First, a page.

Acupuncture helped relieve symptoms such as pain and depression in women with the chronic pain disorder FIBROMYALGIA, according to research presented at the annual meeting of the American College of Rheumatology.

“Patients not getting enough results from drug therapy should try honest acupuncture,” said lead author Dr. Daniel Feldman, head of rheumatology at the Federal University of Sao Paulo, Brazil. “It really works.”

Fibromyalgia is a disorder that causes muscle pain, stiffness and fatigue for unknown reasons. It affects about 2% of Americans, mainly women.

In the study, the researchers randomly assigned 60 women who suffered from fibromyalgia into three groups. All patients received amitriptyline, a standard pain modifier used for fibromyalgia, at bedtime for 16 weeks.

In addition, 20 of the women received a once-a-week, 30-minute acupuncture session while a second group of 20 underwent a once-a-week, 30-minute sham-acupuncture session where they were punctured in areas not believed to have any effect on pain.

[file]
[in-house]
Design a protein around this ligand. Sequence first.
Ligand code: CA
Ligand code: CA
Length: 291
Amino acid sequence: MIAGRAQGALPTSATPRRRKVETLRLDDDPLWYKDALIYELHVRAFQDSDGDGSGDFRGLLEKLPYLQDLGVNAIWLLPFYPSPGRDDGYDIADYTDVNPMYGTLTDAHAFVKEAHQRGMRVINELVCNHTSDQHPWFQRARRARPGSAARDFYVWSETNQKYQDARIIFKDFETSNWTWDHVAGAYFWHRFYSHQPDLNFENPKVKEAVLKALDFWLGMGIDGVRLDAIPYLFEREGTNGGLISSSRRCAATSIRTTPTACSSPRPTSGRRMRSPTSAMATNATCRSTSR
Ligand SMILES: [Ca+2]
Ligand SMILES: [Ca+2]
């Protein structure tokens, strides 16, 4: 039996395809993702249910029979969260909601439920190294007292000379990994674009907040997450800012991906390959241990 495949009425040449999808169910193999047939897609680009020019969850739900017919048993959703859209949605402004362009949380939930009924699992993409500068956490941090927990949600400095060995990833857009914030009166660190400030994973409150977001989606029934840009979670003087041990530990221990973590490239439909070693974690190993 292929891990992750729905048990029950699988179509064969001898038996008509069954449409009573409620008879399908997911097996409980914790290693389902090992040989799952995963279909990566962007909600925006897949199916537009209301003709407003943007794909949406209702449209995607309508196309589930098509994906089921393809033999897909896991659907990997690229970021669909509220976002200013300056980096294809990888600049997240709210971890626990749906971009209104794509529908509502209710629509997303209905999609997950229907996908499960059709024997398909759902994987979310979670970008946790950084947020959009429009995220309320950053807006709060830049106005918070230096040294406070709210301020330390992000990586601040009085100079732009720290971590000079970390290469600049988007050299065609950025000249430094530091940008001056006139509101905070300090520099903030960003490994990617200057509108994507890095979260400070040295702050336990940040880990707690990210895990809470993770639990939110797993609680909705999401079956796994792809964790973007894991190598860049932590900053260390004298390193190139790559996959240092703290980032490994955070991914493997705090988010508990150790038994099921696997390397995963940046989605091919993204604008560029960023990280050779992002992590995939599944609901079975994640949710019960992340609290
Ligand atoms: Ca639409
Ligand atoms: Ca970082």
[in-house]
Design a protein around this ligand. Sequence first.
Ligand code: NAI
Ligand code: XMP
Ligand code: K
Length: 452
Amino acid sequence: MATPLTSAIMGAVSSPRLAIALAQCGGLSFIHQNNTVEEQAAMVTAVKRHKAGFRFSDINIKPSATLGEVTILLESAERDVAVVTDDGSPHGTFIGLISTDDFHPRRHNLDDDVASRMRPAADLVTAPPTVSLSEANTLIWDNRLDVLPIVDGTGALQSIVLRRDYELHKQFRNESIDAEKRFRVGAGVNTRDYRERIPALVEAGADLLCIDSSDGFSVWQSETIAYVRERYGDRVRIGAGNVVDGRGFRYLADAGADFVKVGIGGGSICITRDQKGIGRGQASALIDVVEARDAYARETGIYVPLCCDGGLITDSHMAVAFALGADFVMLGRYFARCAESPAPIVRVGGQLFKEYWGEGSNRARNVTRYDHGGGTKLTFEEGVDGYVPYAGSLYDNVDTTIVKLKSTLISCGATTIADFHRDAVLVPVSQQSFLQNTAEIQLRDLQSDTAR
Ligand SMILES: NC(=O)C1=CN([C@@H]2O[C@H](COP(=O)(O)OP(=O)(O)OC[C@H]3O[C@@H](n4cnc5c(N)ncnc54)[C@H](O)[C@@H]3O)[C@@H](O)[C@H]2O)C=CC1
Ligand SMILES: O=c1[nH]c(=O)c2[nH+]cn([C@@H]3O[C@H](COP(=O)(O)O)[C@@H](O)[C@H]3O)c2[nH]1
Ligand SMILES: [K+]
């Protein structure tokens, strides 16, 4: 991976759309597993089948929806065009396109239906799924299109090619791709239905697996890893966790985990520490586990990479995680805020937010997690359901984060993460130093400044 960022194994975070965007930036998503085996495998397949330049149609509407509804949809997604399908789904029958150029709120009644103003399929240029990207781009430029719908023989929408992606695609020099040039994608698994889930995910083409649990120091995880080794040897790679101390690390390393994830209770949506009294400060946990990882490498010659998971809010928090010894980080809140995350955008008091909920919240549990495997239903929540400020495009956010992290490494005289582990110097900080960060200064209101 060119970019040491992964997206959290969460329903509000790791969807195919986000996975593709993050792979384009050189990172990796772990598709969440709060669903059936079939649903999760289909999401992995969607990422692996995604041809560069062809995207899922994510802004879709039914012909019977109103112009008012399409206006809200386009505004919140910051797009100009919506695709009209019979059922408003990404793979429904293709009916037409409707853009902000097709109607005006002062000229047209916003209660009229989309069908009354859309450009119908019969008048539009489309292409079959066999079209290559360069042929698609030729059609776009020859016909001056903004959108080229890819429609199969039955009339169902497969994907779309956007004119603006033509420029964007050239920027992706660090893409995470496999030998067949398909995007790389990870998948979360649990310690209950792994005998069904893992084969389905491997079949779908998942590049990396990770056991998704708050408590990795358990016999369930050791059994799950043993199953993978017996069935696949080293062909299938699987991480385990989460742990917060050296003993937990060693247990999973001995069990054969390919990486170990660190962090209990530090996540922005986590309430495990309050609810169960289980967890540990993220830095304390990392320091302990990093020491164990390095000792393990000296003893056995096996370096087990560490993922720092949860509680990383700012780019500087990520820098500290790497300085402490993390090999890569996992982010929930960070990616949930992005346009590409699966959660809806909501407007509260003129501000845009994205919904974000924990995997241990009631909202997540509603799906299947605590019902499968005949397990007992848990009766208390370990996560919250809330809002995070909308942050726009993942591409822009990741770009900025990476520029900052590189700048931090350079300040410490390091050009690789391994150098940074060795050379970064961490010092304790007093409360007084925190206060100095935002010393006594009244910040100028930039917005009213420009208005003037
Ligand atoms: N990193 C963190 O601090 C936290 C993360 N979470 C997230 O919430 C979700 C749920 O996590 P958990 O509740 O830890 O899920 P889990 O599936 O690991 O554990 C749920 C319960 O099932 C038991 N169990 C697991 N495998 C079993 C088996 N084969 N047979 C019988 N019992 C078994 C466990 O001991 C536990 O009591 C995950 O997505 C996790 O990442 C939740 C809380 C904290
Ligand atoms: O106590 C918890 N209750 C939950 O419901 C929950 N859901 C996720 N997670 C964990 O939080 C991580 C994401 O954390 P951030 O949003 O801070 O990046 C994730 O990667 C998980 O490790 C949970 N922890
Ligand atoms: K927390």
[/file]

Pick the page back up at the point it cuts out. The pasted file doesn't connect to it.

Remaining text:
The patients were evaluated every month for pain, depression and quality of life measures by healthcare workers who were unaware which treatment they were receiving.

The researchers reported that patients who received the real acupuncture were the only ones who showed statistically significant improvement on measures of pain, depression and mental health after the first month. “The intriguing thing is this is not a placebo effect.” Feldman said.

The results lasted for up to 16 weeks, at which time the patients began regressing slightly and would need reinforcement acupuncture sessions, Feldman said. “It’s not a one-time treatment,” he added.